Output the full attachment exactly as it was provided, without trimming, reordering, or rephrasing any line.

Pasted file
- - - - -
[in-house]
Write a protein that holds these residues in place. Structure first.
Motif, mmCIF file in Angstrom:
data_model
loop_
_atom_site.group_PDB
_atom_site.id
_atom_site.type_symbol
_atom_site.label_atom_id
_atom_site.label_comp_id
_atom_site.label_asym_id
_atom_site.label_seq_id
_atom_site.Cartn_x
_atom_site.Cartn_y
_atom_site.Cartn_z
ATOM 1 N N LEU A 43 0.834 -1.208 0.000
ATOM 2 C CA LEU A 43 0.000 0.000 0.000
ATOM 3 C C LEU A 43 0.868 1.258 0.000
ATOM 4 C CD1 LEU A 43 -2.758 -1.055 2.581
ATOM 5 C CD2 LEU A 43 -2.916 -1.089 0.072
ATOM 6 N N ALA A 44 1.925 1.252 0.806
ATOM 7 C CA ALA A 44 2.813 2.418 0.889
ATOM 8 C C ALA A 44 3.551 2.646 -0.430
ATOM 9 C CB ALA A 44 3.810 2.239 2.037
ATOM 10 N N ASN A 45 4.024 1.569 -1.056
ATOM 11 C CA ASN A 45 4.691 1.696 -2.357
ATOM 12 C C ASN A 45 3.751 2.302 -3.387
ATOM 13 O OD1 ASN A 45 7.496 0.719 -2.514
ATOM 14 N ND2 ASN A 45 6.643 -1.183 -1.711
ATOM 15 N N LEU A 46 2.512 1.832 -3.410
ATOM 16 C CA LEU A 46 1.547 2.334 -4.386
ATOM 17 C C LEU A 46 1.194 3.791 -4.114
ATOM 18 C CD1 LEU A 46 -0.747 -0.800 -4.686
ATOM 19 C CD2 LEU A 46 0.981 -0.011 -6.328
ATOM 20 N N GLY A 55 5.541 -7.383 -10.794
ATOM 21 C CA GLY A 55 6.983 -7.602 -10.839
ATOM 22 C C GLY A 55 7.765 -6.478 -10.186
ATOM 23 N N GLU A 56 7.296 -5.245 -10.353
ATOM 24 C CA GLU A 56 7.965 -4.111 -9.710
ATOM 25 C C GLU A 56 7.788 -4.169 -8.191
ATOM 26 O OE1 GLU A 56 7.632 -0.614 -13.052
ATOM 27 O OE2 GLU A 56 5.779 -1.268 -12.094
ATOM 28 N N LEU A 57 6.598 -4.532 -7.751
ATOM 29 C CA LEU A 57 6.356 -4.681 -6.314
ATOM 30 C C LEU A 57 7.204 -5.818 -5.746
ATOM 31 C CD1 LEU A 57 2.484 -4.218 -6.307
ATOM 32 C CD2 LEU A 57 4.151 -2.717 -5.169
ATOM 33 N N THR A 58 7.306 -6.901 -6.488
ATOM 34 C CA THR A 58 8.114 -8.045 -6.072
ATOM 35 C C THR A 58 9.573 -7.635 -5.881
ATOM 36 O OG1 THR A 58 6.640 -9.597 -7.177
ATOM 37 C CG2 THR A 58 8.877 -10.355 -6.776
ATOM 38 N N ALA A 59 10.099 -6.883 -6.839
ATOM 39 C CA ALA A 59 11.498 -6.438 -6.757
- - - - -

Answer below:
[in-house]
Write a protein that holds these residues in place. Structure first.
Motif, mmCIF file in Angstrom:
data_model
loop_
_atom_site.group_PDB
_atom_site.id
_atom_site.type_symbol
_atom_site.label_atom_id
_atom_site.label_comp_id
_atom_site.label_asym_id
_atom_site.label_seq_id
_atom_site.Cartn_x
_atom_site.Cartn_y
_atom_site.Cartn_z
ATOM 1 N N LEU A 43 0.834 -1.208 0.000
ATOM 2 C CA LEU A 43 0.000 0.000 0.000
ATOM 3 C C LEU A 43 0.868 1.258 0.000
ATOM 4 C CD1 LEU A 43 -2.758 -1.055 2.581
ATOM 5 C CD2 LEU A 43 -2.916 -1.089 0.072
ATOM 6 N N ALA A 44 1.925 1.252 0.806
ATOM 7 C CA ALA A 44 2.813 2.418 0.889
ATOM 8 C C ALA A 44 3.551 2.646 -0.430
ATOM 9 C CB ALA A 44 3.810 2.239 2.037
ATOM 10 N N ASN A 45 4.024 1.569 -1.056
ATOM 11 C CA ASN A 45 4.691 1.696 -2.357
ATOM 12 C C ASN A 45 3.751 2.302 -3.387
ATOM 13 O OD1 ASN A 45 7.496 0.719 -2.514
ATOM 14 N ND2 ASN A 45 6.643 -1.183 -1.711
ATOM 15 N N LEU A 46 2.512 1.832 -3.410
ATOM 16 C CA LEU A 46 1.547 2.334 -4.386
ATOM 17 C C LEU A 46 1.194 3.791 -4.114
ATOM 18 C CD1 LEU A 46 -0.747 -0.800 -4.686
ATOM 19 C CD2 LEU A 46 0.981 -0.011 -6.328
ATOM 20 N N GLY A 55 5.541 -7.383 -10.794
ATOM 21 C CA GLY A 55 6.983 -7.602 -10.839
ATOM 22 C C GLY A 55 7.765 -6.478 -10.186
ATOM 23 N N GLU A 56 7.296 -5.245 -10.353
ATOM 24 C CA GLU A 56 7.965 -4.111 -9.710
ATOM 25 C C GLU A 56 7.788 -4.169 -8.191
ATOM 26 O OE1 GLU A 56 7.632 -0.614 -13.052
ATOM 27 O OE2 GLU A 56 5.779 -1.268 -12.094
ATOM 28 N N LEU A 57 6.598 -4.532 -7.751
ATOM 29 C CA LEU A 57 6.356 -4.681 -6.314
ATOM 30 C C LEU A 57 7.204 -5.818 -5.746
ATOM 31 C CD1 LEU A 57 2.484 -4.218 -6.307
ATOM 32 C CD2 LEU A 57 4.151 -2.717 -5.169
ATOM 33 N N THR A 58 7.306 -6.901 -6.488
ATOM 34 C CA THR A 58 8.114 -8.045 -6.072
ATOM 35 C C THR A 58 9.573 -7.635 -5.881
ATOM 36 O OG1 THR A 58 6.640 -9.597 -7.177
ATOM 37 C CG2 THR A 58 8.877 -10.355 -6.776
ATOM 38 N N ALA A 59 10.099 -6.883 -6.839
ATOM 39 C CA ALA A 59 11.498 -6.438 -6.757